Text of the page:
A vintage home from L.A.’s storied Bunker Hill — best known known for its Angel Flight funicular that connected the hilltop neighborhood to the greater downtown area below, as well as streets lined with striking Victorian residences — has popped up on the market, asking a speck under $3 million.
Though the neighborhood has been gone for more than 50 years, with most of the houses meeting the wrecking ball in the 1960s, making way for glitzy high-rises and art venues, a centuries-old survivor remains. But it’s since been relocated, not once but twice, and now resides in the historic Angelino Heights neighborhood.
Known as the “John Wesley Ellis Residence” — after the Presbyterian minister who commissioned architect William R. Norton to build the place way back in the early 1800s — the stick-style Victorian structure’s exterior is painted an olive hue, with the interiors boasting six bedrooms and four baths in just over 3,200 square feet of living space.
Extensively customized and restored by its current owner Brooke Safford, a historic preservation-minded developer who works in L.A. and New York City, the two-story home is rife with original elements — think hardwood floors, carved mantles, pocket doors and stained-glass windows, just to name a few — paired with a wealth of modern-day updates.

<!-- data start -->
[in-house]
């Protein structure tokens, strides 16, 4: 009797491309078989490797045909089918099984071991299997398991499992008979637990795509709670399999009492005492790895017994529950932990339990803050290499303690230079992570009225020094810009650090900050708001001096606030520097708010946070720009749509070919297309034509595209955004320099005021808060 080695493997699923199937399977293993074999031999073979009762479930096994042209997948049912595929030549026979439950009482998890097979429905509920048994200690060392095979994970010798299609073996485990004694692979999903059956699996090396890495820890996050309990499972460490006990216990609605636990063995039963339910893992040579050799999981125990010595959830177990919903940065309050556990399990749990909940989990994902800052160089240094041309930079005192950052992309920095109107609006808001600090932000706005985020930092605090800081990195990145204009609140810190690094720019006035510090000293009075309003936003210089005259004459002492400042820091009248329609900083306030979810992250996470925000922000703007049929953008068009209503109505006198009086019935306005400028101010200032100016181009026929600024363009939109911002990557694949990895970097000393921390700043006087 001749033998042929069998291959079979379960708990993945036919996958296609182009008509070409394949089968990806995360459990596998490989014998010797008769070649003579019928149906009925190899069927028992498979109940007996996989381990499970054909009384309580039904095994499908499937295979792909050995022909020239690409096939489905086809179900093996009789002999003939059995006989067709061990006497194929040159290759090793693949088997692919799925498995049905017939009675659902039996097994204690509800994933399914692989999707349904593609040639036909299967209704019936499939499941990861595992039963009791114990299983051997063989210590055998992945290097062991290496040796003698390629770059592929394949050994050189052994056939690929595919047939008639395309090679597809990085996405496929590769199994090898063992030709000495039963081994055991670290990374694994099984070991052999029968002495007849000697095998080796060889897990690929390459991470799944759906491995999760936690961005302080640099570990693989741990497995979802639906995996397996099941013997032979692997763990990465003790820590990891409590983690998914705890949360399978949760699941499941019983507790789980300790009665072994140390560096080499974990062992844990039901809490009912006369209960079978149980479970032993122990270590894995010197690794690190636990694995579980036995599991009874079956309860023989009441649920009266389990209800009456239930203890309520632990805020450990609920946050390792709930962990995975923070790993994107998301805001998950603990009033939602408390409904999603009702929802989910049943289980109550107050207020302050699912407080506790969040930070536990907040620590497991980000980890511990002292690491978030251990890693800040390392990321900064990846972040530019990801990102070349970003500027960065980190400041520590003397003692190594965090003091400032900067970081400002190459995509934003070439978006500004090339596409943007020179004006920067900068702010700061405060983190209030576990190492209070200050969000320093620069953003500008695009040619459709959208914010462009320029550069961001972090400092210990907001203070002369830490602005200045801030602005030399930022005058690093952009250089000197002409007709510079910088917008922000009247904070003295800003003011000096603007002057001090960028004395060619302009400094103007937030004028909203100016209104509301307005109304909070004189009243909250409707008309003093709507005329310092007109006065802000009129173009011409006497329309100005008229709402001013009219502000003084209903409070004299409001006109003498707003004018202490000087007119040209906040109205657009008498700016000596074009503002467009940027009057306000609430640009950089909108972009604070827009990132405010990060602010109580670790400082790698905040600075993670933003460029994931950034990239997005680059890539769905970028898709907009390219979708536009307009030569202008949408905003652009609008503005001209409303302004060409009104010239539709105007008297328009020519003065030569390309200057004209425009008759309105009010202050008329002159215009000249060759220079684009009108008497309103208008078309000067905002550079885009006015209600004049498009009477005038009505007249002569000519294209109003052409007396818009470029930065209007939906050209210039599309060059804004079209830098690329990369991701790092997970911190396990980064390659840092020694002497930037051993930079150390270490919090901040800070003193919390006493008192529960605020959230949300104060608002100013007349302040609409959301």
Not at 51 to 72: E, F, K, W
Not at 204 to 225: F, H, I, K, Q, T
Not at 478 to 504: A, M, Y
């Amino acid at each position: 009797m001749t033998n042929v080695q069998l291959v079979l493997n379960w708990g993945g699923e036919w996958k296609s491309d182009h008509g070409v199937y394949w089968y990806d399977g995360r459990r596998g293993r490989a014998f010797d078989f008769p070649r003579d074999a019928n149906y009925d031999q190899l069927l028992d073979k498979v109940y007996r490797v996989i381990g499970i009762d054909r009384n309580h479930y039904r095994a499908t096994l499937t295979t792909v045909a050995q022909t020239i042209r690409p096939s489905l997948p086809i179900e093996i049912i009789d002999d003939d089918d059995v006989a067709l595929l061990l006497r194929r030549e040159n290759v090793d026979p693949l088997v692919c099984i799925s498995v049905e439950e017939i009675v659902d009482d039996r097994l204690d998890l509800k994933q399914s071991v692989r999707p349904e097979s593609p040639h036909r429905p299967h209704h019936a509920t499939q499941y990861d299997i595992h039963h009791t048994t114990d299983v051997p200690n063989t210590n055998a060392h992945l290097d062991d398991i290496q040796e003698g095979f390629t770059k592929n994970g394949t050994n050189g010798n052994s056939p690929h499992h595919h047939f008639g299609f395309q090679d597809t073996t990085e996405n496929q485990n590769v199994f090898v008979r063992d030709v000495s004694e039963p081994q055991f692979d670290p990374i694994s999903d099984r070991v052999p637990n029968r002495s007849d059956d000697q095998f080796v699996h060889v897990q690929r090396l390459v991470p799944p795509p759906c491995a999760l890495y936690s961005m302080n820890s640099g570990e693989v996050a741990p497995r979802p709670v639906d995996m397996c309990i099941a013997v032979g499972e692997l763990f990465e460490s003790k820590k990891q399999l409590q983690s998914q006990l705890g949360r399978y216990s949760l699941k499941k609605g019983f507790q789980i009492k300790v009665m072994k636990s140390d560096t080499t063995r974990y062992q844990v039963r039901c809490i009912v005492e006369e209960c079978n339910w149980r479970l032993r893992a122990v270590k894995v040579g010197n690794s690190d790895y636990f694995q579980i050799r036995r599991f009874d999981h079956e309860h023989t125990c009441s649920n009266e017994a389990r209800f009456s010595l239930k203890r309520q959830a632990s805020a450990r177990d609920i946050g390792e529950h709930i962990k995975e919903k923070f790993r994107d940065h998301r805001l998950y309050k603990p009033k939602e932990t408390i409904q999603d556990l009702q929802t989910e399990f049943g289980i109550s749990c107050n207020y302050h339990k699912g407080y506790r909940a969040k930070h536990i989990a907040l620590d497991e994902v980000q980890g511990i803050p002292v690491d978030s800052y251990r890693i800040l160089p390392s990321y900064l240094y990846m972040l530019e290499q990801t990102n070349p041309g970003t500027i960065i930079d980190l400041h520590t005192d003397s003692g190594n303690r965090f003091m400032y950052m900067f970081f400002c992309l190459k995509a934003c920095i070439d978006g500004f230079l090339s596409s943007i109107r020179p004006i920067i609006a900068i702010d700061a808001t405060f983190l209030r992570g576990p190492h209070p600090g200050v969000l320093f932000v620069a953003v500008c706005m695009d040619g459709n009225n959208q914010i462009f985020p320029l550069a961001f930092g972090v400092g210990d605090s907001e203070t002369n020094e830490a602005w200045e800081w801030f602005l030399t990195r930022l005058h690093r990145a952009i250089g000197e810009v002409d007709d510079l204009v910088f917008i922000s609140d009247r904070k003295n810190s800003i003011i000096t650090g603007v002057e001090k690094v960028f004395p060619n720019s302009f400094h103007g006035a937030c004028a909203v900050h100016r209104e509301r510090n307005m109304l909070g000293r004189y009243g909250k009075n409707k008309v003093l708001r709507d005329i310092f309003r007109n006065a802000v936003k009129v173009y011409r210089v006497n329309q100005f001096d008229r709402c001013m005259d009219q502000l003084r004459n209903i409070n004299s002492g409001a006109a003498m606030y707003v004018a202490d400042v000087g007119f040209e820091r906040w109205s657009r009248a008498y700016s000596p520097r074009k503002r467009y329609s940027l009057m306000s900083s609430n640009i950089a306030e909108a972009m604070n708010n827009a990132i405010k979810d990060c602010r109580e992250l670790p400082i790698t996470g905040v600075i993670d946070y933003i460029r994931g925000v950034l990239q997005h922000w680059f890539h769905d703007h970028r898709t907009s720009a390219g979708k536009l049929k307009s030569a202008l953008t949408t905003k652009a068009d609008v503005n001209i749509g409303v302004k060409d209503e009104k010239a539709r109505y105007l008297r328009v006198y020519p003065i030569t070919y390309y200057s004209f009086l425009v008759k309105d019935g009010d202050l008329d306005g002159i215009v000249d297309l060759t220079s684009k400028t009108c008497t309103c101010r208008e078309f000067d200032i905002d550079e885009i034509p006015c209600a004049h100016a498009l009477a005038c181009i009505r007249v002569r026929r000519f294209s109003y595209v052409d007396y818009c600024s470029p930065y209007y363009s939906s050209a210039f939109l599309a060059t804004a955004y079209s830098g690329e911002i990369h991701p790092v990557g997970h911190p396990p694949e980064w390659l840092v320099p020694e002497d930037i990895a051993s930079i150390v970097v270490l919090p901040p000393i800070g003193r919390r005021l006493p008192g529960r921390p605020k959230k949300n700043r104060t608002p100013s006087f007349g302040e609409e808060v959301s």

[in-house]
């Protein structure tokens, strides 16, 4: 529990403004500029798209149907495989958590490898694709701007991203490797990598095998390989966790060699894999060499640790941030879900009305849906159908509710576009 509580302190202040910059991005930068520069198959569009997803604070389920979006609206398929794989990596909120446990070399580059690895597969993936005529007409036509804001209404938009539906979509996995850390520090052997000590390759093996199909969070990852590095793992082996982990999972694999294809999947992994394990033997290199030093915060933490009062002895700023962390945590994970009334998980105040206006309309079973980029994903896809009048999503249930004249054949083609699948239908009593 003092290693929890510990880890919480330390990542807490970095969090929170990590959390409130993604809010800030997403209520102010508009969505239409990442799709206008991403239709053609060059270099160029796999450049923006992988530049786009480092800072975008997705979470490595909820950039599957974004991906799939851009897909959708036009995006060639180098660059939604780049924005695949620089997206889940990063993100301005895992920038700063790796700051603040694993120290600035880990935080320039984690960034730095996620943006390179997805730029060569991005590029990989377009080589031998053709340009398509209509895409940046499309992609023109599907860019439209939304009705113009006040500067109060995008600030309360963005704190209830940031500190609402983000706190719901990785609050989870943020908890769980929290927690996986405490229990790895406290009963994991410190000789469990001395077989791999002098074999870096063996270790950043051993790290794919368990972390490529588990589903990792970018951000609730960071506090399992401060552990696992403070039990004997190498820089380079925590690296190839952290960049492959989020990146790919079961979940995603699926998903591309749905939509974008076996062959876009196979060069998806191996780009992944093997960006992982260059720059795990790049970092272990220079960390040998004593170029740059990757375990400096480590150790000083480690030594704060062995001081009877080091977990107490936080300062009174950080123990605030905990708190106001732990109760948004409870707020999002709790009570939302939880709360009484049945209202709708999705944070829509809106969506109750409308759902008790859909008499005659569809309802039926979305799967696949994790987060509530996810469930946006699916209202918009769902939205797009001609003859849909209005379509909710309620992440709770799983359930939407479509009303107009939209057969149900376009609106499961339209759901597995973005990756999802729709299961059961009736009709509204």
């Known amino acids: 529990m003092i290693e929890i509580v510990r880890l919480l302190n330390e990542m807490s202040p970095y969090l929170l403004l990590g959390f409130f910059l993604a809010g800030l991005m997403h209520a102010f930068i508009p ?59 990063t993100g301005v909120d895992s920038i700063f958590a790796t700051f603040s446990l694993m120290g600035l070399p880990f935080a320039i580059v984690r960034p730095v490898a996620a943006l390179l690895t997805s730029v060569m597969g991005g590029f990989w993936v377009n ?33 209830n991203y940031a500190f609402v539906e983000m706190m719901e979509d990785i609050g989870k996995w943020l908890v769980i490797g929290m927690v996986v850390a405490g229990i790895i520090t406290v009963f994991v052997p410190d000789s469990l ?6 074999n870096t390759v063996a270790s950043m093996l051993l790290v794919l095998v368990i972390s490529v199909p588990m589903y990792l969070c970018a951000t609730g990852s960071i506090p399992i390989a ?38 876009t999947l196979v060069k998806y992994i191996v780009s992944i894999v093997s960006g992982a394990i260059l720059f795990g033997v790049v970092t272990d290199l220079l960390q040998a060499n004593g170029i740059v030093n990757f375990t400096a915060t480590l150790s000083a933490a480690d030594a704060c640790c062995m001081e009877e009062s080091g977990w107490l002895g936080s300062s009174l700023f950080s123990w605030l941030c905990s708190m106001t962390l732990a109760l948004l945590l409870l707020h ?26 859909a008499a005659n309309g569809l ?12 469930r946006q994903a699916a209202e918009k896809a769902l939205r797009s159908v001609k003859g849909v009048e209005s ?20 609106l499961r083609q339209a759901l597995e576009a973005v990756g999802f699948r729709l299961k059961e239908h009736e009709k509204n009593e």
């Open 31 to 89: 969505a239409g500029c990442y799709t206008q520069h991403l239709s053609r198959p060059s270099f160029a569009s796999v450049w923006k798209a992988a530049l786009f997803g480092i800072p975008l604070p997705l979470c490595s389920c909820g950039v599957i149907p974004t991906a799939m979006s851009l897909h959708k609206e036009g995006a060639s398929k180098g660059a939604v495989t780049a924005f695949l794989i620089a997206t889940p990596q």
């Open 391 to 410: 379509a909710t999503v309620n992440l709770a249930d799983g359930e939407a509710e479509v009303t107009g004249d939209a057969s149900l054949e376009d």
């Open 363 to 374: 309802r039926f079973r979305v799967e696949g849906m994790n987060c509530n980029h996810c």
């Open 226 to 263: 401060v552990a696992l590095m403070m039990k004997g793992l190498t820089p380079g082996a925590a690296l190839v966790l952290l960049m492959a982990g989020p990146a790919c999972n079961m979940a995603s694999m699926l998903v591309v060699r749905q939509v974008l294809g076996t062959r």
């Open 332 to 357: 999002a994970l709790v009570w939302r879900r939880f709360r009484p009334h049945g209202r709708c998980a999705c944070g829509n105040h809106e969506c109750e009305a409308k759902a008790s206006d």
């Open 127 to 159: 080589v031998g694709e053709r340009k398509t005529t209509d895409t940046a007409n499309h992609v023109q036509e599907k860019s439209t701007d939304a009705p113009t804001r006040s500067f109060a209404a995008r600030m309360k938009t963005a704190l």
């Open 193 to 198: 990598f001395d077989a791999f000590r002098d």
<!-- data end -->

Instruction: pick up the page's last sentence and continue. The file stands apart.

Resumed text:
“With so many of L.A.’s historic homes being wiped away with gray paint and cheap tiles by misguided investors, the restoration of Edgeware is a breath of fresh air,” says listing agent Ben Kahle of DPP Real Estate. “It is not only incredibly intact, but 100-percent turnkey with upgrades that complement the original vision and perfectly marry the modern with the memorable.”
A light-filled entry foyer adorned with Farrow & Ball wallpaper steps down into a spacious living room sporting an original fireplace with a wood and black marble mantle, while a formal dining room adjoins a gourmet kitchen outfitted with maple cabinetry, porcelain countertops and high-end stainless appliances. A primary ensuite bedroom suite with a walk in-closet can also be found on the main level.
The striking curved staircase heads upstairs, where a trio of bedrooms and kitchenette open to a large deck ideal for al fresco entertaining. On the other side of the deck is an attached three-car garage topped by a separate one-bedroom guest unit resting beneath a vaulted bowstring truss ceiling, and holding a living room, kitchen and bath.
And since Angelino Heights is the city’s first historic preservation overlay zone, the property is also eligible for the Mills Act, which means homeowners can receive reduced property taxes in exchange for restoring and preserving historic structures.